This article contains minor spoilers for season two, episode three of ‘Star Trek: Lower Decks’.
This week’s episode of Lower Decks, “We’ll Always Have Tom Paris” manages to put two references in its title: an episode from the first season of The Next Generation called “We’ll Always Have Paris” and the name of one Main cast member of Star Trek: Voyager, Lieutenant Tom Eugene Paris. But apart from that clever play on words, the title also has a deeper meaning: as much as we want to forget about the more embarrassing moments of the Star Trek franchise, they happened anyway, and they weren’t all bad. Even, and most importantly, Voyager.
Audience reactions to Voyager have been quite polarized in the 26 years since it premiered. In the 90s, many fans were looking forward to seeing a “real” Star Trek show again, which took place on a constantly exploring ship, in contrast to the comparatively stationary political drama of Deep Space Nine. But chunky writing spoiled many people’s opinions of Voyager, and towards the end of its life the show was more known for the skin-tight outfits from Seven of Nine and the list of guest stars of the week, including Jason Alexander and Dwayne “The Rock” Johnson.
After the show aired, the franchise stopped moving forward in its timeline, decided to explore the founding of Starfleet in Enterprise, and completely restart the entire universe with the 2009 Star Trek film. While fans were thrown a bone with a brief cameo from Admiral Kathryn Janeway in the final TNG-era film, Nemesis, Voyager essentially disappeared from the Star Trek canon until the appearance of Seven of Nine in episode four of Picard .
Picard had its advantages for fans of The Next Generation: We were allowed to see Troi and Riker as a family and Data got a better farewell to the afterlife. But it was anything but positive for fans of Voyager, with the death of a minor character and a rather gloomy existence for fan favorite Seven of Nine.
Star Trek: Lower Decks is turning back the clock a bit as it takes place a year after the events of Nemesis, making it our first real look at the immediate future of the Star Trek universe after TNG, DS9, and Voyager. The Dominion War is over, Romulus is under a new regime, and the crew of the USS Voyager are basically celebrities after seven years in the Delta Quadrant; Picard is set almost twenty years later when the glitz would have gone.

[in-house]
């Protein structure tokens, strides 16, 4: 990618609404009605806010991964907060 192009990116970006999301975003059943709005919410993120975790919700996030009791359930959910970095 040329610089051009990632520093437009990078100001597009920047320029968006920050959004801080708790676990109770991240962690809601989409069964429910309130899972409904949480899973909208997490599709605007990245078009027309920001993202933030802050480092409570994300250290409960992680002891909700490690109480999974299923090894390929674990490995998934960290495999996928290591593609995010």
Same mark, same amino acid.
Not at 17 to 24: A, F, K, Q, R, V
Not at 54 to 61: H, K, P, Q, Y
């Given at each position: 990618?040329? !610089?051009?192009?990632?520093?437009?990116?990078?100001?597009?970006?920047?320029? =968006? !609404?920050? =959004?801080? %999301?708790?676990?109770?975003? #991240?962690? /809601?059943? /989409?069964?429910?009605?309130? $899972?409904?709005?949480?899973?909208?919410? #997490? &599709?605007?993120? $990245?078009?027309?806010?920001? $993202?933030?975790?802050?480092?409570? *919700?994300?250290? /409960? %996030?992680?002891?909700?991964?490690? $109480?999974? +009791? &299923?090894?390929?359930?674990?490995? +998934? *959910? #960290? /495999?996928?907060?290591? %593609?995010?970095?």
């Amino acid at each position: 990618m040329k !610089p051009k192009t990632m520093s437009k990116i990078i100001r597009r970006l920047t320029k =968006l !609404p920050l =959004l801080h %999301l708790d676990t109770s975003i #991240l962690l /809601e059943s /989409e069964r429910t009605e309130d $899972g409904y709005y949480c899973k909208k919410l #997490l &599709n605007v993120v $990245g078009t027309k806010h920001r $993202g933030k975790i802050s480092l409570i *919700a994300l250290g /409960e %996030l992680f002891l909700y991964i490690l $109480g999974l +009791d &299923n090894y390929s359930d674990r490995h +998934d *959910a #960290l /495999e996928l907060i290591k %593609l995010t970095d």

Everything here is just shiny and new and deserves plaques – a bit strange to exist in a post-scarcity culture, but this is a comedy series after all. And in this week’s B-Plot, Brad Boimler wants one of his records to be signed by a special guest on the USS Cerritos: Tom Paris. Or, as Brad refers to the former Voyager crew member, “Creator of Fairhaven, Captain Proton himself,” and the first human to break the transwarp barrier. That is a straight reference to three of the silliest, weirdest, and some say the worst episodes of Star Trek: Voyager. And just in case you forgot what was so bad the last one, Mariner asks “Is he still a salamander?” Because that’s one thing that happened in the episode “Threshold”.
Unimpressed (and perhaps even encouraged) by the madness, Boimler is very excited to meet his hero. Even after the ship’s system doesn’t recognize him and won’t let him through any doors, he takes the Jefferies tubes to make his way to the bridge to meet Lt. To meet Paris.
In a way, it feels like a metaphor for how the fandom thinks about Star Trek: Voyager now. While everyone admits there were a lot of stupid moments, these actually made it more lovable. The famous line “There’s coffee in that nebula” inspired astronaut Samantha Cristoforetti to bring a replica uniform and wear it on a mission in 2015:
And who can forget the infamous “Tuvix” episode, in which crew members Tuvok and Neelix were merged into one being in a van accident? Although the resulting person was healthy and happy, the decision was made to force him to split back into his individual characters, which inspired the recent internet rally scream “Janeway murdered Tuvix”. Even Janeway actress Kate Mulgrew entered the debate, responding to a tweet from Congresswoman Alexandria Ocasio-Cortez. When politicians are involved, this is no longer a fandom joke.
Maybe it’s time to give Voyager a little more credit. It’s not as good as TNG or DS9, but it still has its fair share of fans. I remember a time when it looked like it was constantly running on Spike TV (now the Paramount Network) as opposed to Deep Space Nine, which is seldom repeated due to its serialized nature. Last year I sat down and re-watched the entire Star Trek franchise, including Voyager, and watched some episodes that I missed the first time around. I found myself enjoying some of it, flinching just as often, and finally remembering why I hadn’t seen the show when it first aired some time ago. In general, I feel that the show’s biggest problem was its missed potential, like the way the conflict between Starfleet and Maquis crew members was quickly resolved, how many of their cast members were underutilized, and why Harry Kim was never promoted.
However, it is not the job of Lower Decks to declare or redeem Voyager. Boimler and Tom Paris are just the B-plot here, with the episode’s main drive being Tendi and Mariner’s mission to get a package for Doctor T’Ana, as well as Rutherford’s quest to find out how a certain dead officer was brought back to life is . The episode just prompts us to think about what it would be like to be a Starfleet officer and hear about all of Voyager’s adventures in the Delta Quadrant. Strange and Silly? Yes sir. But honestly, they’re pretty cool too.
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